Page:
marketing analytics focus on user profiles

If I asked you what is most critical when it comes to marketing analytics, what comes to mind first?

You might say effectiveness. Or performance.

As a marketer, the word attribution is what jumps out to me.

My boss is always asking me to attribute what led to that sale, or what led to that increase in website traffic.

The same goes with sales enablement tools, like business apps for iPad, and how company reps are using the tool to generate more leads and revenue.

How they are being used is important, but so is the who, where, when and why they’re using that sales enablement tool. You’re looking for very specific information on each user.

Those kinds of marketing analytics can be determined from user profiles.

Why are building user profiles so important?

Think about when someone visits your company website. If that’s my website, I want a grasp on who this stranger is, how often they visit and what they do while visiting.

It’s a critical step in planning and strategizing. That’s why you have lead generating forms to capture that contact information.

Or think about all of the user profiles you manage personally.

Facebook, Twitter, LinkedIn, Google+, and essentially anything else you have to login to access. Each of these sites require you to fill in your information into several fields.

There are over 50 fields alone for your Facebook profile. Each field essentially is contact information about you.

Now think about trying to determine who out of about 100 reps is using a sales enablement tool, like an iPad sales application, in an ineffective way. Or who isn’t even using the tool at all.

A marketer managing this tool needs similar user profile information for each sales rep in order to achieve better marketing analytics reporting.

It’s all part of our jobs as marketers; we have to internally and externally be monitoring trends, filling in those data gaps and tailoring strategies.

Which fields are most critical to user profiles?

So we know having as much data on someone, either who is a customer, prospect, or sales rep out in the field, is critical for accurate marketing analytics reporting. Now which fields of information are the ones you can’t leave out?

Here are some key fields for user profiles that work for us tracking marketing analytics.

Name — You might think this goes without saying, but for some companies matching up a user’s name to their profile gets overlooked. For some companies they use ID numbers, like for logging into certain core business systems. They think it just makes sense to match up ID numbers across all systems. Sure that makes sense, until you have to keep looking up names that match those ID numbers. If anything when you pull reports to show teams, you can simply hide the name field so no one can identify other reps in the report.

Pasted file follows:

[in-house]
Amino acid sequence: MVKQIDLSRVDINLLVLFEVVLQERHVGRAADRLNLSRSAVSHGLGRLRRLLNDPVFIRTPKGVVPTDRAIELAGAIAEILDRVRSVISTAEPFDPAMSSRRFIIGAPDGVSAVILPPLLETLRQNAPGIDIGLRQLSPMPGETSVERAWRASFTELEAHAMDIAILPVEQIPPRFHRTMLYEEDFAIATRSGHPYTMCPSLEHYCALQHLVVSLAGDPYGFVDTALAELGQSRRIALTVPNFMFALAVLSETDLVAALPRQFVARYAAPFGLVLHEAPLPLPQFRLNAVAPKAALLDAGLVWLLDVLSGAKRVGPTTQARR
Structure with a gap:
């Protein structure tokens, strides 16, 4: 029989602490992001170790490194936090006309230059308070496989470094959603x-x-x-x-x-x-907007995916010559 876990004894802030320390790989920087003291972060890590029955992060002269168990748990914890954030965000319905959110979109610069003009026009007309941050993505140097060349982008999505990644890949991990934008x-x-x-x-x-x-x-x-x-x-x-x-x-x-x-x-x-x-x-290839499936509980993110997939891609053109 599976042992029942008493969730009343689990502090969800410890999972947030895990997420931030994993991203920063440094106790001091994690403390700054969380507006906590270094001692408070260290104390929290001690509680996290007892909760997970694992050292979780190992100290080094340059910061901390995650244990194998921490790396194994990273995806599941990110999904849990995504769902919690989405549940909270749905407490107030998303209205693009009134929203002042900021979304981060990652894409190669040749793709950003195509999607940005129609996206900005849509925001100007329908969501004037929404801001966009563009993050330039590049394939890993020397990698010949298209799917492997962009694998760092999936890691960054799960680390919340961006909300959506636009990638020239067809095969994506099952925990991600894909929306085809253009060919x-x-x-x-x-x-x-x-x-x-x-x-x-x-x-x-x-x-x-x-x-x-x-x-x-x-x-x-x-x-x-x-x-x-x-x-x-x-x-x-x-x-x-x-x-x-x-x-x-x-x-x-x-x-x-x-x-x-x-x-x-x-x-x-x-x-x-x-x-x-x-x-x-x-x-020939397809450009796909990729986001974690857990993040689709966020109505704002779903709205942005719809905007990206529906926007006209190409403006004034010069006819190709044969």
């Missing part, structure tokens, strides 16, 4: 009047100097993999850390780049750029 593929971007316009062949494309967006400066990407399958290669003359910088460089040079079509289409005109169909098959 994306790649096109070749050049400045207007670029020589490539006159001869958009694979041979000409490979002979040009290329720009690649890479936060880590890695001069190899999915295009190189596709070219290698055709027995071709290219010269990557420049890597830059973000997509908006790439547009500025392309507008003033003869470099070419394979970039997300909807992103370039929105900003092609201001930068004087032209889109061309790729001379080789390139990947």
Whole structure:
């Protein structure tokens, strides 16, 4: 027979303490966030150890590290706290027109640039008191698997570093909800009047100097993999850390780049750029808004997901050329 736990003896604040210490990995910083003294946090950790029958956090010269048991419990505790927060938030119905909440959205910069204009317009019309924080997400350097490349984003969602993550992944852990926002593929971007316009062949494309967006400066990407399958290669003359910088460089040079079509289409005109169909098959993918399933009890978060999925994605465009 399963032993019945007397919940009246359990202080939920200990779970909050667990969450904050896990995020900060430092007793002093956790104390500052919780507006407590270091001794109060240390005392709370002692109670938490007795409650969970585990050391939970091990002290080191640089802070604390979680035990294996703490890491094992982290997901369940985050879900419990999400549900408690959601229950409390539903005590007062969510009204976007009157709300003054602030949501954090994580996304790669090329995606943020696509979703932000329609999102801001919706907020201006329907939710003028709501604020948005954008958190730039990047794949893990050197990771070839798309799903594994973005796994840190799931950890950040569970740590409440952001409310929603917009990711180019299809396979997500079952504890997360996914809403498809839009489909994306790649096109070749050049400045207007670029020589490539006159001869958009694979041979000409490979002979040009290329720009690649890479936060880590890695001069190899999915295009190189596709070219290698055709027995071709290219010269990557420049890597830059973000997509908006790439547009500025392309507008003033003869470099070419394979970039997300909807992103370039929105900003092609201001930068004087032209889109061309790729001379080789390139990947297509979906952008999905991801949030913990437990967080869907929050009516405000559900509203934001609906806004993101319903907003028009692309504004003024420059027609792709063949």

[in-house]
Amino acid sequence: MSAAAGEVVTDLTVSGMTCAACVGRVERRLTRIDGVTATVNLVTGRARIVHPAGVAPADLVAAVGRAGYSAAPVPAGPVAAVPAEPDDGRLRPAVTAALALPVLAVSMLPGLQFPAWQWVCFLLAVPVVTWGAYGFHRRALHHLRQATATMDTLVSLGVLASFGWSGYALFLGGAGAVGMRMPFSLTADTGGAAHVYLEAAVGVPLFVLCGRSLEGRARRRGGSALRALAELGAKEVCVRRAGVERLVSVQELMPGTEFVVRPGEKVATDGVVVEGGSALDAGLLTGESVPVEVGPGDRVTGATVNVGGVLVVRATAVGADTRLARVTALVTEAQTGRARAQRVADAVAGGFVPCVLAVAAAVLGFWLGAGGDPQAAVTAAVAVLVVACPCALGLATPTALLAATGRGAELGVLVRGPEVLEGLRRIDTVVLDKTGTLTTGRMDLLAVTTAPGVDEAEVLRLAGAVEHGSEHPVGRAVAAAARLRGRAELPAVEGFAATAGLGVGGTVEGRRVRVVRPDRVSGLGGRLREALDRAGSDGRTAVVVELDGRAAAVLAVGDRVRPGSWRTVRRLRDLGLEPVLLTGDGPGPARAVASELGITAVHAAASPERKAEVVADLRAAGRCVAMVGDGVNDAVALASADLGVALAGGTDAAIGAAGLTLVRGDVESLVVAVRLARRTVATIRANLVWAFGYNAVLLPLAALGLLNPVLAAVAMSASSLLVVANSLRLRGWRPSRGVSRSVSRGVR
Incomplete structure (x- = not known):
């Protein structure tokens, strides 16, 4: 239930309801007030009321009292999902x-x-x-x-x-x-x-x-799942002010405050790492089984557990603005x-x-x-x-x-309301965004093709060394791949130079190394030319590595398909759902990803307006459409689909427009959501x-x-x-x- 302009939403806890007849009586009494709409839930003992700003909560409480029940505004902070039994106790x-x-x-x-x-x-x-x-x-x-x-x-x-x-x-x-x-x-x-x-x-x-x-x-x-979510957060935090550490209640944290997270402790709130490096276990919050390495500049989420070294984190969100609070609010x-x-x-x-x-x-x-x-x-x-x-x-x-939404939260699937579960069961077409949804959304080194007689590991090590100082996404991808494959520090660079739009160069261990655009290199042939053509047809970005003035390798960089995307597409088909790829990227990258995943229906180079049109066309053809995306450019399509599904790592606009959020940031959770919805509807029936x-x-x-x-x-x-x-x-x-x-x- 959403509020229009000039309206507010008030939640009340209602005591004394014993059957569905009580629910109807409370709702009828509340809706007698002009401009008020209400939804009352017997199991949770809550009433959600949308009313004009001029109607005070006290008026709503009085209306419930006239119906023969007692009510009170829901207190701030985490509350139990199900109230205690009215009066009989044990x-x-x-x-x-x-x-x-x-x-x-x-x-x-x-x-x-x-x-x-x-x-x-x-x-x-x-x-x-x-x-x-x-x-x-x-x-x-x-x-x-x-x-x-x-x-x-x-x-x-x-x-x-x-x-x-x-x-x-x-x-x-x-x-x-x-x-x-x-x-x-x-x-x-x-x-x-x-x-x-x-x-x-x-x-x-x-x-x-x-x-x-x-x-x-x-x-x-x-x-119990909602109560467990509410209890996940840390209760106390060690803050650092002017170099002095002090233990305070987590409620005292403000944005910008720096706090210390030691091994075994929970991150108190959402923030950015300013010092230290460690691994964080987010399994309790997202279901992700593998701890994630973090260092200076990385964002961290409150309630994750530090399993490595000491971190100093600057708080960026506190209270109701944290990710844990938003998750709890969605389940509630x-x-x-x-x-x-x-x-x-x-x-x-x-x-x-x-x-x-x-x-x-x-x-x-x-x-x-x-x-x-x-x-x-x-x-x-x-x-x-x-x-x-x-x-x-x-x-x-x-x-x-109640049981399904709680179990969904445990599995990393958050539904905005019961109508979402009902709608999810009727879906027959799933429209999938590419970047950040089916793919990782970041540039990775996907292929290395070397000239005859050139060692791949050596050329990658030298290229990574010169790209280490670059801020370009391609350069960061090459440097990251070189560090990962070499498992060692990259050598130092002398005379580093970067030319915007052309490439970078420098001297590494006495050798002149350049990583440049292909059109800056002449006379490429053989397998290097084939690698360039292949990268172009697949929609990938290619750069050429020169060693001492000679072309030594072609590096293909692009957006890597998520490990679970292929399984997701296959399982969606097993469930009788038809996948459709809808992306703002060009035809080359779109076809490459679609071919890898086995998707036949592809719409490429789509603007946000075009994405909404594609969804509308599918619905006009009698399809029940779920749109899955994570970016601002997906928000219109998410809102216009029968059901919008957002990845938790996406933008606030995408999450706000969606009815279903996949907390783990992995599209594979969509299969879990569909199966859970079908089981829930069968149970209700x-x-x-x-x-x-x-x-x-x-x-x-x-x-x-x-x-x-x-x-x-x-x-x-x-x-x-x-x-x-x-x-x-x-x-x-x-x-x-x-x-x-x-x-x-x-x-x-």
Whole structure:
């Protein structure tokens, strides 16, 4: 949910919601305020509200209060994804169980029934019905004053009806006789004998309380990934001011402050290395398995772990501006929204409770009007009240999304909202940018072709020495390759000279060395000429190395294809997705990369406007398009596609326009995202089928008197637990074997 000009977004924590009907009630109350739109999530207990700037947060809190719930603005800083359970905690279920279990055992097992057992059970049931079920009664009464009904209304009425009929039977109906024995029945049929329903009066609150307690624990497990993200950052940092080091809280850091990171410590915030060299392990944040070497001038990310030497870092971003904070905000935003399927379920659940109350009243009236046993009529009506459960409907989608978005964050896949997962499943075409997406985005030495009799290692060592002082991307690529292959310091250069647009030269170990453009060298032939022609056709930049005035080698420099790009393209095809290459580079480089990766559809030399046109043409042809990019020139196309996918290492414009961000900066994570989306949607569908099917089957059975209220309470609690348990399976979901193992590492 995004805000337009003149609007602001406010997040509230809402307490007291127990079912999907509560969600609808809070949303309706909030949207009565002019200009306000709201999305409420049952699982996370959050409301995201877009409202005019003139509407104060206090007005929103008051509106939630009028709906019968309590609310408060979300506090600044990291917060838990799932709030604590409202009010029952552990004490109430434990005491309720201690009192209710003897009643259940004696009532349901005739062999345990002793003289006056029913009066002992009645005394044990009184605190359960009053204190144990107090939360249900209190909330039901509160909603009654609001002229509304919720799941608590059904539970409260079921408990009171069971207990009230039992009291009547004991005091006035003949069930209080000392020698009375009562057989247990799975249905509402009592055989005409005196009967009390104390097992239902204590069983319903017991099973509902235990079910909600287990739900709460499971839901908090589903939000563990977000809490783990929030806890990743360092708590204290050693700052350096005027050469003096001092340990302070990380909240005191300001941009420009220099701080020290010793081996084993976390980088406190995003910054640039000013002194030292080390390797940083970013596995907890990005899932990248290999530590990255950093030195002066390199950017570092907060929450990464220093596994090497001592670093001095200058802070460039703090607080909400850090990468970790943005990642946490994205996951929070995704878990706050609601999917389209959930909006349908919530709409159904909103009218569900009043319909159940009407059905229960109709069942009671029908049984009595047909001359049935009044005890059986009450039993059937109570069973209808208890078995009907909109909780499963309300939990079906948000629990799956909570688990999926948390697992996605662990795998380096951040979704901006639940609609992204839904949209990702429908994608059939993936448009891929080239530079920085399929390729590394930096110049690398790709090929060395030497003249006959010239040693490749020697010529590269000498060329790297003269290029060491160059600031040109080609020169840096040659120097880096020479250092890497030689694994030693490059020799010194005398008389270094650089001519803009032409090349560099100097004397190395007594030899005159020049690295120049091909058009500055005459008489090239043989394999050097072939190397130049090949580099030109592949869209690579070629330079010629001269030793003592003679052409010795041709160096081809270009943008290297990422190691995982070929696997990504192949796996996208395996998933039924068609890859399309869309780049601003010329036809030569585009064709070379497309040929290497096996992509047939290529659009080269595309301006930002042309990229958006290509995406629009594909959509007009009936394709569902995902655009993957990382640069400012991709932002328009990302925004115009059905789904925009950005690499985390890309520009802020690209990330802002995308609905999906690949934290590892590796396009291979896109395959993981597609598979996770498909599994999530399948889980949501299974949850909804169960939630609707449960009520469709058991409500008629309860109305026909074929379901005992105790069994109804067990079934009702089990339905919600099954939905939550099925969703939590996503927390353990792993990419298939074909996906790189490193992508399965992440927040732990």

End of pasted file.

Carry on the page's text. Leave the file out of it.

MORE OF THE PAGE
Position — And no, I’m not talking about sales vs. marketing vs. technical support vs. field support. Get down to a user’s exact position. Are they front line sales or support sales? Are they trade show reps or conference reps? You might not think it’s important when you roll out your sales enablement tool, but wait until your boss wants you to perform a deep dive report. The more in depth you can get about their role with the company, the better data you will get with your marketing analytics reports.

Department — To me, this is where you get into the sales vs. marketing vs. technical support vs. field support…but it’s not as simple as that. Again, you have to think deep when it comes to user profiles. Divisions or sectors are another great way to use this field. Rather than just identifying Jane Smith as marketing, go deeper into her assignment as product specific marketing specialist. The difference will simplify creating marketing analytics reports.

Region — If your reps have assigned territories, this would be an important field for sales enablement tool marketing analytics. Maybe there are pieces of collateral that are being sent more often in the Pacific Northwest than in the East Coast. By having regions or territories fields assigned in user profiles, you will have the data that could change how products are distributed for your company.

Company — Well they already work for the company, so why use a company field? This field is perfect for channel sales. Companies with large distribution channels many have hundreds of independently owned companies that sell their products. By labeling each rep with their correct company, you’ll be able to tell how collateral is being shared at the B2C level through your distributor rep’s user profile.

As you can tell, there are a lot of other user profile fields that make marketing analytics reporting of sales enablement tools simple. The more fields you have for filtering, the more finite your reporting can be.

If you have a field that your company uses, comment below and share it!

Photo Credit: Simon Bonaventure